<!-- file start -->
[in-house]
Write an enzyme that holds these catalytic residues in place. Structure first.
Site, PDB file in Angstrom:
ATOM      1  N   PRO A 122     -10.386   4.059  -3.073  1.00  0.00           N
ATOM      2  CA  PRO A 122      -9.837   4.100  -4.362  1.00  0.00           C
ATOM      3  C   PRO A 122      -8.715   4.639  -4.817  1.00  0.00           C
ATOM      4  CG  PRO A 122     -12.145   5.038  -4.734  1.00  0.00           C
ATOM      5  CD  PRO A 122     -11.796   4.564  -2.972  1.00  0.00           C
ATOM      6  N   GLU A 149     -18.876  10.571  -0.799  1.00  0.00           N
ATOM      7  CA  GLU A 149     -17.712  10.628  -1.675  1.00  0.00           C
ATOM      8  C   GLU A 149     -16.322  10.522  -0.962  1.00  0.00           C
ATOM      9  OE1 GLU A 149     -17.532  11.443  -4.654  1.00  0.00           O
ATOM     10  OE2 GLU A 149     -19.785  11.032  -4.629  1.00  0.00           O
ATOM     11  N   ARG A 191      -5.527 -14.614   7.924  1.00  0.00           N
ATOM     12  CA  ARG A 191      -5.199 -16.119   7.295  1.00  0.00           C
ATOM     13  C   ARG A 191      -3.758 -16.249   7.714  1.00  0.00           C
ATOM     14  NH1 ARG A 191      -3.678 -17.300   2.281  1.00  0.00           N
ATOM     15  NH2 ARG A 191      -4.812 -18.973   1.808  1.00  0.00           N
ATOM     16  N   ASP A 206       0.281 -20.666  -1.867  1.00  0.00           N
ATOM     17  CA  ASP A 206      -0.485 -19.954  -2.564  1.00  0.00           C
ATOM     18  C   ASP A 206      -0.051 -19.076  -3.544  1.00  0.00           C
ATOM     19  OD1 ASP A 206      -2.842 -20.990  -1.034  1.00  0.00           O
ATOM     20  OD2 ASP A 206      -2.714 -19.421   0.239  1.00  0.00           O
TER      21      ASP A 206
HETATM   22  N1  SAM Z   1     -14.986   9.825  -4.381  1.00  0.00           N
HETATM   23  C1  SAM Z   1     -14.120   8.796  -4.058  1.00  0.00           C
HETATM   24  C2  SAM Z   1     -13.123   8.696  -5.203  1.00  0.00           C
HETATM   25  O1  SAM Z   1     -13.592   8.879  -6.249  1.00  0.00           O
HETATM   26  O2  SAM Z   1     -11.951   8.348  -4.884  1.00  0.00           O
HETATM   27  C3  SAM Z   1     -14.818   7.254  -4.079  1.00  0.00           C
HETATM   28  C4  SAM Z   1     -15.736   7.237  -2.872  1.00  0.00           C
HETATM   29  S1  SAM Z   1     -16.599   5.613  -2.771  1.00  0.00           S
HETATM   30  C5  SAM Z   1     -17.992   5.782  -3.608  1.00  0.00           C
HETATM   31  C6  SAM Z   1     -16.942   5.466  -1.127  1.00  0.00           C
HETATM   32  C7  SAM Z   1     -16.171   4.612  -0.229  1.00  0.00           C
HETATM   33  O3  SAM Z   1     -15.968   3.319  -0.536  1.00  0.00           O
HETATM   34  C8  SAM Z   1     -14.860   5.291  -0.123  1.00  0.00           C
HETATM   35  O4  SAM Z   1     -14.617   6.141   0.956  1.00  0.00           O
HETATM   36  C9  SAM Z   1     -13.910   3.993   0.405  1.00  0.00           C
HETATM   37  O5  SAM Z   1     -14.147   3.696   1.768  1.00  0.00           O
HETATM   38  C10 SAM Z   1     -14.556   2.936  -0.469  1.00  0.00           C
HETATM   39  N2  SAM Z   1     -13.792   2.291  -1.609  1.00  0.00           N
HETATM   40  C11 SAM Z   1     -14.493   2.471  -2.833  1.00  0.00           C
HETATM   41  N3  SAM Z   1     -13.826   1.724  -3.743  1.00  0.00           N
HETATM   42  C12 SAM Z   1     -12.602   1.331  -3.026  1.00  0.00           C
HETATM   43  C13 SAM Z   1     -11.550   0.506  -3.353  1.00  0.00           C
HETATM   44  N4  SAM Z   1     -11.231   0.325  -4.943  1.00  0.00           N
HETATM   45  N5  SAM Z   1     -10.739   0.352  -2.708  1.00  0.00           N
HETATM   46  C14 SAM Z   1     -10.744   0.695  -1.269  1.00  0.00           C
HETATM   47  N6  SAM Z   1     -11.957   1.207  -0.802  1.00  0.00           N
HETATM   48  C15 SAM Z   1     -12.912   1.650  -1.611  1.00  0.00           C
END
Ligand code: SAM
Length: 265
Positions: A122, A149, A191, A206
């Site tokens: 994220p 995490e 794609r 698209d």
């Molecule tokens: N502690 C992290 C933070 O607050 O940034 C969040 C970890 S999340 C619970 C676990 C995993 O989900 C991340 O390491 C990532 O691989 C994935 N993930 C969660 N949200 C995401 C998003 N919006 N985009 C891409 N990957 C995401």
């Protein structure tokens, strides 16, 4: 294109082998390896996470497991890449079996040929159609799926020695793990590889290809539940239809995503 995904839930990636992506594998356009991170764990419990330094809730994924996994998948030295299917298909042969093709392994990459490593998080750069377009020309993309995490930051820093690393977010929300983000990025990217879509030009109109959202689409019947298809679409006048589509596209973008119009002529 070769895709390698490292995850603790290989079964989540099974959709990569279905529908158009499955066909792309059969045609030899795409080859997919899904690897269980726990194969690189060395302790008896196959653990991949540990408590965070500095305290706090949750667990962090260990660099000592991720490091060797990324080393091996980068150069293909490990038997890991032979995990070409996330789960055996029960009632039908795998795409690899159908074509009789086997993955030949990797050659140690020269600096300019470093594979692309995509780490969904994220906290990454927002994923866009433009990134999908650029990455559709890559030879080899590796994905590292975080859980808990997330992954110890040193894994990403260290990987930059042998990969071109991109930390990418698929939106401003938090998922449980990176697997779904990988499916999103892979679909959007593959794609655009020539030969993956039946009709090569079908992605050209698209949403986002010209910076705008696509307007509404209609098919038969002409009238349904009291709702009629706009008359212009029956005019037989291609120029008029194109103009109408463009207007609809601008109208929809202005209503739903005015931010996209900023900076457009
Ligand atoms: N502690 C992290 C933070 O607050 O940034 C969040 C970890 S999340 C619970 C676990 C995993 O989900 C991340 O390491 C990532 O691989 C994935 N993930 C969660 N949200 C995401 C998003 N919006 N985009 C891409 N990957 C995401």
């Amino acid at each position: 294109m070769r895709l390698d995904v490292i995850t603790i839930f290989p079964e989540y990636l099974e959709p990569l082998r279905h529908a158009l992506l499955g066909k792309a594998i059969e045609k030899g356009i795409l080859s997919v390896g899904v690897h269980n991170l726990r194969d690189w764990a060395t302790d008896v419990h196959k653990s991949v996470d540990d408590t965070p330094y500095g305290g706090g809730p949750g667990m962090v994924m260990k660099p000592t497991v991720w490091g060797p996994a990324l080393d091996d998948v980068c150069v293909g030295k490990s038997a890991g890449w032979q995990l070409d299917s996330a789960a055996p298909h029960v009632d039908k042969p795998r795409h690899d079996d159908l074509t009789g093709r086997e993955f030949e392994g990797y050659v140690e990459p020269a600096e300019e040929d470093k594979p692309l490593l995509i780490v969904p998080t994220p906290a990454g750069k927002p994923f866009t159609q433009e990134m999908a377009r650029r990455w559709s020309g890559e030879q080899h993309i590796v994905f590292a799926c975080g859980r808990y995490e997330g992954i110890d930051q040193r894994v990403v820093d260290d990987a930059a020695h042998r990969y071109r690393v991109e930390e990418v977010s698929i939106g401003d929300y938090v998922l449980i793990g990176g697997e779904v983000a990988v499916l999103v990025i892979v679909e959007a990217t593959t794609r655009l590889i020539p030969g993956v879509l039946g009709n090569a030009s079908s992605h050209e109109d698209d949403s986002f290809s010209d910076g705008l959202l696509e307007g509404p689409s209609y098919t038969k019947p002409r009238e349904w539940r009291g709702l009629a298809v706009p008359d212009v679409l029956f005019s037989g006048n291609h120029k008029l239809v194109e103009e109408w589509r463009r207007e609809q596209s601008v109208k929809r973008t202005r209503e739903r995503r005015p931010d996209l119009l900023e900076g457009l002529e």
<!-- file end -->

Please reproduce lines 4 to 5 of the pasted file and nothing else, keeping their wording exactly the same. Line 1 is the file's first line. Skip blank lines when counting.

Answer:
ATOM      1  N   PRO A 122     -10.386   4.059  -3.073  1.00  0.00           N
ATOM      2  CA  PRO A 122      -9.837   4.100  -4.362  1.00  0.00           C